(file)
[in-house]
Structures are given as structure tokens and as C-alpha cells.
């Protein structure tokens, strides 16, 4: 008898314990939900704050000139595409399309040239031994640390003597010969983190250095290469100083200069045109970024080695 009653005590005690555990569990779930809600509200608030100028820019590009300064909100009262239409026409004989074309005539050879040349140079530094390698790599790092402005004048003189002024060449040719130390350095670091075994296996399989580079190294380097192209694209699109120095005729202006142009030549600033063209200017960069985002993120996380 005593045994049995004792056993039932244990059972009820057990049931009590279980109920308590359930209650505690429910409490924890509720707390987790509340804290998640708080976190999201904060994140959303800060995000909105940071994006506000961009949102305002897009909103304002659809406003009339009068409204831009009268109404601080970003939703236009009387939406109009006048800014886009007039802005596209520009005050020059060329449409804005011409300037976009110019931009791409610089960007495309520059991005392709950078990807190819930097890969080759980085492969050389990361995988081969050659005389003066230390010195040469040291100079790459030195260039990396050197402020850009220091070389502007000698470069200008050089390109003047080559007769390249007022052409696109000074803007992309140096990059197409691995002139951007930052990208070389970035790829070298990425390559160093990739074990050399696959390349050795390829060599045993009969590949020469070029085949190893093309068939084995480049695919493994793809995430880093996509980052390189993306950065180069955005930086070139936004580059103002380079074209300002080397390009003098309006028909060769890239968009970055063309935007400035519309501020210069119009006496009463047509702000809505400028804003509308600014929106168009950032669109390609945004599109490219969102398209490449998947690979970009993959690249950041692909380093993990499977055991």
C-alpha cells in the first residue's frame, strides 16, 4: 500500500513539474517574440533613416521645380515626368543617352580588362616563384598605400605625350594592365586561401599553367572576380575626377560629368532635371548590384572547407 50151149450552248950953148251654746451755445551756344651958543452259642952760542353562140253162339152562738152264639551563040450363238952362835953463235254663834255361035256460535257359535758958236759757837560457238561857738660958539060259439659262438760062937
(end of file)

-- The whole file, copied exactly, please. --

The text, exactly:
[in-house]
Structures are given as structure tokens and as C-alpha cells.
């Protein structure tokens, strides 16, 4: 008898314990939900704050000139595409399309040239031994640390003597010969983190250095290469100083200069045109970024080695 009653005590005690555990569990779930809600509200608030100028820019590009300064909100009262239409026409004989074309005539050879040349140079530094390698790599790092402005004048003189002024060449040719130390350095670091075994296996399989580079190294380097192209694209699109120095005729202006142009030549600033063209200017960069985002993120996380 005593045994049995004792056993039932244990059972009820057990049931009590279980109920308590359930209650505690429910409490924890509720707390987790509340804290998640708080976190999201904060994140959303800060995000909105940071994006506000961009949102305002897009909103304002659809406003009339009068409204831009009268109404601080970003939703236009009387939406109009006048800014886009007039802005596209520009005050020059060329449409804005011409300037976009110019931009791409610089960007495309520059991005392709950078990807190819930097890969080759980085492969050389990361995988081969050659005389003066230390010195040469040291100079790459030195260039990396050197402020850009220091070389502007000698470069200008050089390109003047080559007769390249007022052409696109000074803007992309140096990059197409691995002139951007930052990208070389970035790829070298990425390559160093990739074990050399696959390349050795390829060599045993009969590949020469070029085949190893093309068939084995480049695919493994793809995430880093996509980052390189993306950065180069955005930086070139936004580059103002380079074209300002080397390009003098309006028909060769890239968009970055063309935007400035519309501020210069119009006496009463047509702000809505400028804003509308600014929106168009950032669109390609945004599109490219969102398209490449998947690979970009993959690249950041692909380093993990499977055991």
C-alpha cells in the first residue's frame, strides 16, 4: 500500500513539474517574440533613416521645380515626368543617352580588362616563384598605400605625350594592365586561401599553367572576380575626377560629368532635371548590384572547407 50151149450552248950953148251654746451755445551756344651958543452259642952760542353562140253162339152562738152264639551563040450363238952362835953463235254663834255361035256460535257359535758958236759757837560457238561857738660958539060259439659262438760062937